Virginia public health officials on Thursday reported the state’s first presumed positive case of monkeypox in a Northern Virginia woman who recently traveled to an African country.
The Virginia case is among nine identified in seven states, Centers for Disease Control and Prevention officials told reporters Thursday morning. The state lab identified the case, and as of Thursday afternoon the Virginia Department of Health was awaiting CDC confirmation.
The patient was not infectious during travel, did not require hospitalization and is isolating at home, state officials said. The health department identified her close contacts and is monitoring them.
State Health Commissioner Colin M. Greene stressed that, despite the recent national uptick, monkeypox is a very rare disease in the United States and the Virginia resident who tested positive does not pose a public health risk.
“Transmission requires close contact with someone with symptomatic monkeypox, and this virus has not shown the ability to spread rapidly in the general population," he said.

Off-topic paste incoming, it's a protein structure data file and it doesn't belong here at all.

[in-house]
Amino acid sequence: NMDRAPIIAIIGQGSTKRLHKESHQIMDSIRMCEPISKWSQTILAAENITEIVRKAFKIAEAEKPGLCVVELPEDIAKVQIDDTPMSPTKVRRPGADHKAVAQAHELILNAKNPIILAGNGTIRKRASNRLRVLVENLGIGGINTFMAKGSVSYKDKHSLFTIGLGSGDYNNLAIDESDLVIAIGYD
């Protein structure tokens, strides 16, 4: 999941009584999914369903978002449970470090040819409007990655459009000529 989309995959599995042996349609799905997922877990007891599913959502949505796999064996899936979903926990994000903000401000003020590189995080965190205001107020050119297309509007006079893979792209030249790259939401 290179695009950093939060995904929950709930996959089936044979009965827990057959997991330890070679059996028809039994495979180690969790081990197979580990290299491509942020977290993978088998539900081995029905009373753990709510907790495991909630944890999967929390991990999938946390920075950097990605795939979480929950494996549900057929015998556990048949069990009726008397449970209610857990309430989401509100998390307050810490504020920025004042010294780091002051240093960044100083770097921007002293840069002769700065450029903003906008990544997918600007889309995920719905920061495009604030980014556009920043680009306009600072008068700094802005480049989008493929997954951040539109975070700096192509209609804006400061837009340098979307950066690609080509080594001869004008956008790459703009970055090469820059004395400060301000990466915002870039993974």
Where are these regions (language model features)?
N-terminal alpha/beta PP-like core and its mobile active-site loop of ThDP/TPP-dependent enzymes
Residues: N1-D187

The health department last week advised medical providers in Virginia to watch for cases of monkeypox and report them to local health authorities right away.
Monkeypox is a rare but potentially serious viral illness that typically begins with flu-like symptoms and swelling of the lymph nodes and progresses to a rash on the face and body, the state message said. Symptoms generally appear seven to 14 days after exposure and usually clear up within two to four weeks.
The recent cases represent the first identified in the United States this year. Last year, Maryland and Texas each reported a case in people who had recently visited Nigeria, Virginia officials said.
This year, cases have also been identified in Massachusetts, Florida, Utah, New York, Washington state and California.
“We need to presume that there is some community spread, but there is active contact tracing that is happening right now to understand whether and how these cases might have been in contact with each other or with others in other countries," CDC Director Rochelle Walensky said Thursday.
The first monkeypox case in the United States this year was identified last week in Massachusetts, in a resident who had recently traveled to Canada. The unusual uptick globally has been clustered in Europe, as well as in the United States and Canada, the World Health Organization says.
Fenit Nirappil contributed to this report.